The internal long shot would be Luis Severino, who is now considered by many to be the organization’s top pitching prospect. The native of the Dominican Republic will be 21-years old shortly after pitchers and catchers report to training camp. The six-foot right-hander has struck out 118 batters over 103 innings combined at Charleston (‘A’), Tampa (‘A+’), and Trenton. The most remarkable stat for such a young strikeout artist is that Severino has walked just 25 batters. That works out to a nifty 4.72 strikeout to walk ratio. Severino’s ascension may be slowed for the remainder of the season – he’ll return tonight after being out 10 days with an oblique injury.

Free agency will see some heavy duty price wars for the services of left-hander Jon Lester and last season’s AL Cy Young winner, Max Scherzer.  Royals’ ace James Shields and Seattle’s steady right-hander Hisashi Iwakuma lead the next level of starters, many of whom will wait to see what the top guns get before agreeing to deals.

With all the money the Yankees have tied up in players with questionable health right now, it’s hard to see the team making a push for Lester or Scherzer. Iwakuma would probably be the cheaper option of the tier 2 pitchers.

Does D-Rob return?
Yankees’ GM Brian Cashman better be sure he has enough money in the pot to bring back free agent closer David Robertson. “D-Rob” has done an outstanding job in his first full season as Yankees closer, a job made even more difficult by being the replacement for Mariano Rivera. The native Alabaman has saved 33 of 35 chances and averaged a career high 13.7 strikeouts per nine innings.

The 29-year old earned $5.215MM this season and will get a substantial raise next season.  His departure would be a huge blow to the Yankees pen. (Many fans feel Dellin Betances is ready to step into the role already due to his 13.4 K’s per nine innings.  But this is Betances’ first full season in the Majors and it shouldn’t be assumed he’s ready for the 9th inning role.)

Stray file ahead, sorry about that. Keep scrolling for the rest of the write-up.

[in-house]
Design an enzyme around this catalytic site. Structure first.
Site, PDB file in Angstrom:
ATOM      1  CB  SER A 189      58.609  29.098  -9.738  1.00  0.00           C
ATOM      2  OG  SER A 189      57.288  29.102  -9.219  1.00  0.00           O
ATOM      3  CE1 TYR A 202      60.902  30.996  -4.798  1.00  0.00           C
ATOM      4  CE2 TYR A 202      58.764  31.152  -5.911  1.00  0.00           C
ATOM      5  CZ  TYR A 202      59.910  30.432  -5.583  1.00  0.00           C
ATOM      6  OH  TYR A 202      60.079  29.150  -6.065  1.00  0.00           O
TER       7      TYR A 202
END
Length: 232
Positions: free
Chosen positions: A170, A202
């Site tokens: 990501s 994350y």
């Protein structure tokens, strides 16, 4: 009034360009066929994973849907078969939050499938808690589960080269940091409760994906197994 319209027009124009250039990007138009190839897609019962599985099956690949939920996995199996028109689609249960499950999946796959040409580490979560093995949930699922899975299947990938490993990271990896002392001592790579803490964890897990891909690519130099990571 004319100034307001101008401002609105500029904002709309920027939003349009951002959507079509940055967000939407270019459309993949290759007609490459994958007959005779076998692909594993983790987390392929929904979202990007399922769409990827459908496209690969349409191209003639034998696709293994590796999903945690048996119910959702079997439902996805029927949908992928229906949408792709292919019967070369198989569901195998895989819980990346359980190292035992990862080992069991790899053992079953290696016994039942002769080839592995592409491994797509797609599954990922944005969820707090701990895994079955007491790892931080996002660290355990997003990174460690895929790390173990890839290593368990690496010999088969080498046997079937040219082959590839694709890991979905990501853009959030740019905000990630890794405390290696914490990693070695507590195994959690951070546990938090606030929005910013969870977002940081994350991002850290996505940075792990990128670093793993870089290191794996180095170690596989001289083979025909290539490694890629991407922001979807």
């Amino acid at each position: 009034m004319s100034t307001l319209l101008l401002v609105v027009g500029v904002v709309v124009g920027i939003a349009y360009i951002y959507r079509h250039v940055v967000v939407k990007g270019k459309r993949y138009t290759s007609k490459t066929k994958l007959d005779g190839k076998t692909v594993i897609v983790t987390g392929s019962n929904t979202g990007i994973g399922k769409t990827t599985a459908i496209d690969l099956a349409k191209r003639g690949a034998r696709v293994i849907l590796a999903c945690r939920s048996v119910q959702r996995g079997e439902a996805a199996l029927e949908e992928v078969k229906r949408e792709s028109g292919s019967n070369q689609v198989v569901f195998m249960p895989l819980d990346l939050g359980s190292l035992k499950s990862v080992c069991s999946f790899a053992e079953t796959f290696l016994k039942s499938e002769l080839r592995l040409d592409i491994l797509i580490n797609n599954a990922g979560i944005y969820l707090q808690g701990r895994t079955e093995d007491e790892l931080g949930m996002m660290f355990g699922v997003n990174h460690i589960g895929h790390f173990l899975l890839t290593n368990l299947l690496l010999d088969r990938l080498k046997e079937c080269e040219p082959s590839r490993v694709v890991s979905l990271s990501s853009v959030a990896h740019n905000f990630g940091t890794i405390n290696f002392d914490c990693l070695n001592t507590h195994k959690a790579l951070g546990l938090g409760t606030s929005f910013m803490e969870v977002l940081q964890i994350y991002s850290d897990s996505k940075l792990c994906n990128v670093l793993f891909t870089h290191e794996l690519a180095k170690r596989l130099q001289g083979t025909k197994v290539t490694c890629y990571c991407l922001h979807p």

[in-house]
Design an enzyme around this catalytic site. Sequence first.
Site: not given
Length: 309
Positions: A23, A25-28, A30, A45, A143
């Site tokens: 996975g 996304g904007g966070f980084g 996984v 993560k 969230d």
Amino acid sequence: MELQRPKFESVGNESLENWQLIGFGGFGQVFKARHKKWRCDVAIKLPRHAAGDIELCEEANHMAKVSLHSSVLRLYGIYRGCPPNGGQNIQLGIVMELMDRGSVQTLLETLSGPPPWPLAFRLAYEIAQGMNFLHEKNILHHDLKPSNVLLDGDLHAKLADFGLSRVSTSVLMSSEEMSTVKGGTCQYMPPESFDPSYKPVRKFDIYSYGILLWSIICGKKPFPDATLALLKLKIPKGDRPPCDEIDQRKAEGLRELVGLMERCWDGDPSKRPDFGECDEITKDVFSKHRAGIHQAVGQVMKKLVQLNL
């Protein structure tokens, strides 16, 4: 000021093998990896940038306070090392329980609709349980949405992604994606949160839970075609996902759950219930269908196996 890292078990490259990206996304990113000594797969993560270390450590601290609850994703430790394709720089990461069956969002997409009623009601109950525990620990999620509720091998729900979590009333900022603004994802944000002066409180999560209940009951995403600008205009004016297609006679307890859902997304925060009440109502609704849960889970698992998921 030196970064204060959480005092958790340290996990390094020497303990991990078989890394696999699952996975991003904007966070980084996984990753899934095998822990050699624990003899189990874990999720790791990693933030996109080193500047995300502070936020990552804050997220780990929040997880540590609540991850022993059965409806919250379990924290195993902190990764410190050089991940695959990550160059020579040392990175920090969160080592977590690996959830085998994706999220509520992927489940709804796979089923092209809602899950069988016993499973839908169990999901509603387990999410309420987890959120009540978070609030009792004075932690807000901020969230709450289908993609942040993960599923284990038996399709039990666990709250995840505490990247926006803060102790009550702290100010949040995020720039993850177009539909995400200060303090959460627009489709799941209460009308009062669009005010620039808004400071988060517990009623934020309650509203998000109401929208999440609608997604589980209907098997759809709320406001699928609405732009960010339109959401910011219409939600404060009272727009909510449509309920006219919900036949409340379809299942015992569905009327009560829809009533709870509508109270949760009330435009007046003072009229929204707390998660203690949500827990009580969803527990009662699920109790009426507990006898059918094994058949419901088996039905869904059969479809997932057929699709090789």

Who will be Brian McCann’s backup?
Francisco Cervelli has been solid as McCann’s’ backup. With injuries to McCann and first baseman Mark Teixeira (McCann has filled in), Cervelli has seen his playing time increase since he returned from the disabled list in mid-June. He’s hit .296 with an .825 OPS in 98 at-bats. The Yankees need to decide whether it will be Cervelli, John Ryan Murphy, who backed up McCann while Cervelli was out this season, veteran minor leaguer Austin Romine, or if will be a wild card entry to share the catching duties next season. With Gary Sanchez and others on their way up the ladder, one of the many Yankees’ catchers could be dealt in the offseason.

Can the Yankees trade Mark Teixeira?
Your guess is as good as mine. Teixeira has had one injury after another this season after missing most of last year with a wrist tendon injury. He’s been decent when he’s played - .768 OPS, 19 HR, 52 RBI in 87 games – but his status is nearly questionable every day.  Teixeira has two years and $45MM remaining on his contract beyond this season. He’s also got a no-trade clause in his pact. Barring a financial arrangement of some kind, Teixeira is in New York for the next two years.

Will the Yankees make the playoffs in 2015?
I have no answer for that. There are a lot more questions about next year’s team and so far, not many answers. A healthy team would be a good place to start.